Be the considerate gourmand at your next holiday dinner or party in which beer can be your way to revitalize the bountifulness this season.

I am available to guide beer pairing parties, be it with cheese, hors d’oeuvres/tapas, BBQ, chocolate, or even a full 5-7 course dinner.

Cheers and Happy Holidays!

St. Bernardus Abt 12
Brouwerij St. Bernardus NV
Watou, Belgium

St. Bernardus Abt 12 is a Quadruple that reigns from Belgium and is brewed by Trappist monks in the small region of Flanders. Much of the proceeds from the beer are collected to sustain their livelihood and local charities.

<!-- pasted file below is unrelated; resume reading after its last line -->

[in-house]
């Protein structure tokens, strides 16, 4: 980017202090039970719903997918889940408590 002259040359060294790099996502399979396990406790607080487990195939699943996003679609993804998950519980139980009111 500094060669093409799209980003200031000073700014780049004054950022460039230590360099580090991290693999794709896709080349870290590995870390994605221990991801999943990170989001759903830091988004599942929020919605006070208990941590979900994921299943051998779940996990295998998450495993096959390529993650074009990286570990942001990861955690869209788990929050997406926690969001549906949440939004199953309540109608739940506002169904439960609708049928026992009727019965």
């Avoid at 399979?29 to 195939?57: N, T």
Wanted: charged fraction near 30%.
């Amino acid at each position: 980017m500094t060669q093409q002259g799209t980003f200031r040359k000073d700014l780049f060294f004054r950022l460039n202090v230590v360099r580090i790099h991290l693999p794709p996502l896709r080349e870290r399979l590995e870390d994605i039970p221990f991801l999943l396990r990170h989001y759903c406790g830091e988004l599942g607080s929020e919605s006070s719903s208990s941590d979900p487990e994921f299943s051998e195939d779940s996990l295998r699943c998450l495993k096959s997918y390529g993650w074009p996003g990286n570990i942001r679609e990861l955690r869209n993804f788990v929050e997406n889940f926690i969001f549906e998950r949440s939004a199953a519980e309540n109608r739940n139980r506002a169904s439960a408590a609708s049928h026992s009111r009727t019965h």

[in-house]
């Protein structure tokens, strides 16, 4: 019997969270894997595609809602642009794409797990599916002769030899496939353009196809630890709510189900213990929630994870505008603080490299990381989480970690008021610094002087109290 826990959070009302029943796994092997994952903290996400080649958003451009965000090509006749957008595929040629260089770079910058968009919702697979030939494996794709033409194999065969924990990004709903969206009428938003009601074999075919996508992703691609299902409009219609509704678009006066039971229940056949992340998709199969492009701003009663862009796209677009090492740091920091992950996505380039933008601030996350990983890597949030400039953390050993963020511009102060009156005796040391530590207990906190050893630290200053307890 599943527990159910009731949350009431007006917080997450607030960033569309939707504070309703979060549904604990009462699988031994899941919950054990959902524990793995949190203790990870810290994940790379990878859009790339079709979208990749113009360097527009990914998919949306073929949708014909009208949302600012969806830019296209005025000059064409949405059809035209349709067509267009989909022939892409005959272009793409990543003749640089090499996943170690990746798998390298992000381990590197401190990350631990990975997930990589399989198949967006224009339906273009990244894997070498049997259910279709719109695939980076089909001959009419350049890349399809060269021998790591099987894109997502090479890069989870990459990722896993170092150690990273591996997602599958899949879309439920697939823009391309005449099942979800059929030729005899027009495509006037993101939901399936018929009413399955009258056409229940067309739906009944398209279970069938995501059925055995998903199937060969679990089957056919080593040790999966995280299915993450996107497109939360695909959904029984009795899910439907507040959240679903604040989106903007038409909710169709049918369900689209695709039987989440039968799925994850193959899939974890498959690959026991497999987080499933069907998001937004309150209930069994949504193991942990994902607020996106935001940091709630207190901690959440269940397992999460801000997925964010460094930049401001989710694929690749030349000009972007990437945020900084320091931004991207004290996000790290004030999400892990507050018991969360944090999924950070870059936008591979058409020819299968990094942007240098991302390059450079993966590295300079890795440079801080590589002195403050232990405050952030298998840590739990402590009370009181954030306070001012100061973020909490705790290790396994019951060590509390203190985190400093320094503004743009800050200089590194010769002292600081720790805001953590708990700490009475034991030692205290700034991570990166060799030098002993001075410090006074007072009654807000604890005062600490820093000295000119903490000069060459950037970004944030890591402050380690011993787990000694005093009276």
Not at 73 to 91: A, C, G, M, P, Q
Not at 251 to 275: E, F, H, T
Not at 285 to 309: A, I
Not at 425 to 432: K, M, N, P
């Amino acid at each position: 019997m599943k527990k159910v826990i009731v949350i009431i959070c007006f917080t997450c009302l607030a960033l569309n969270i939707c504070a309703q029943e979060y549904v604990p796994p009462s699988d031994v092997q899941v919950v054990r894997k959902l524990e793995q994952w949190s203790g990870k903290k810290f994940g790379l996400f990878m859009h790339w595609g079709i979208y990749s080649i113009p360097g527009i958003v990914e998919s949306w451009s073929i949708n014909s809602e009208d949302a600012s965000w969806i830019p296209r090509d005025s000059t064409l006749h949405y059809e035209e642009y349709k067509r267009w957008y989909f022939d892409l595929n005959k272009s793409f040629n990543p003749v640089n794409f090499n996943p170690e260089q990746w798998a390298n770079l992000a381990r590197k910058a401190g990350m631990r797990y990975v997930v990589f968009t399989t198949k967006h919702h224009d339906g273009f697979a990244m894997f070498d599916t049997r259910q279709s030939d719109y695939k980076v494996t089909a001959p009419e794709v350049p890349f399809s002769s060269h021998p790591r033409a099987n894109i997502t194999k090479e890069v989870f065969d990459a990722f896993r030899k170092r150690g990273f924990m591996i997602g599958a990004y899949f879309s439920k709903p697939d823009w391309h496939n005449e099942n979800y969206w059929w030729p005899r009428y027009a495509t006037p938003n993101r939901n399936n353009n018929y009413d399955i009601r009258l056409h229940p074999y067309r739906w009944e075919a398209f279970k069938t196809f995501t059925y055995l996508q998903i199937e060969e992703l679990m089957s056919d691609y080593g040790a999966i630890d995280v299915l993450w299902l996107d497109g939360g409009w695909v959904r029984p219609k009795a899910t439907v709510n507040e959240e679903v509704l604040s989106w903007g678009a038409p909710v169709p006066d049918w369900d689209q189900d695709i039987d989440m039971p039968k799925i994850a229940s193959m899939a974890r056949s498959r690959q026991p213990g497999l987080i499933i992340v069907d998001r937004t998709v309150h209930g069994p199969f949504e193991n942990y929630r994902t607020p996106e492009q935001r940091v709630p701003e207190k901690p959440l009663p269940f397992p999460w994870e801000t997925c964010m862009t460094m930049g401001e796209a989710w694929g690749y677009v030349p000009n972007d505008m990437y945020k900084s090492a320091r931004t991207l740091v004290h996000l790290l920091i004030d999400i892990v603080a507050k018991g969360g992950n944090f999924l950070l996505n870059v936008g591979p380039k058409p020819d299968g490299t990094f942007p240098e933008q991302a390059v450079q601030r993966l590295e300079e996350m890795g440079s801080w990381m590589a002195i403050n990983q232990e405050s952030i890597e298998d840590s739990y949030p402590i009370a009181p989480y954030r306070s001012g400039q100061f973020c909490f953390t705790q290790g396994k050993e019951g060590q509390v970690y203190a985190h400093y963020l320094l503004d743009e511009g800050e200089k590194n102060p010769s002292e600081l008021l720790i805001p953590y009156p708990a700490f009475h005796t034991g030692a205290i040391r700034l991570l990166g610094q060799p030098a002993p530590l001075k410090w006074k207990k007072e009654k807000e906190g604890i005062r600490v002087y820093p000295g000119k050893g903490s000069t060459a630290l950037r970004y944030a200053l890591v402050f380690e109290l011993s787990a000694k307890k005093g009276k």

Color is dark pomegranate and brown hues with unbleached linen color foam that dissipates rather swiftly but leaves a wonderful ring. Caramel malt, apple, plum, and sugary molasses dance in the aroma. Sipping the brew brings a lace of candi (rock) sugar to the lips while pear, caramel, dark fruit, cinnamon, and a slight bitterness to the palate.

Some prefer to have Abt 12 after a meal or with a cigar but I think with such a developed and complex flavor profile and carbonation this would also be perfect for those hearty and savory dishes we have come to love this holiday season. Instead of Champagne at New Years Eve, bring St. Bernardus Abt 12. Seriously, $10 is remarkable for one of the world’s best brews - do yourself a favor, buy it now.

Appearance: 4
Smell: 4.5
Taste: 5
Mouthfeel: 5
Drinkability: 5
Overall = 4.7

Style: Quadrupel (Quad)
Alcohol By Volume : 10.50%
Availability : Year Round
Sample Size: 750ml brown bottle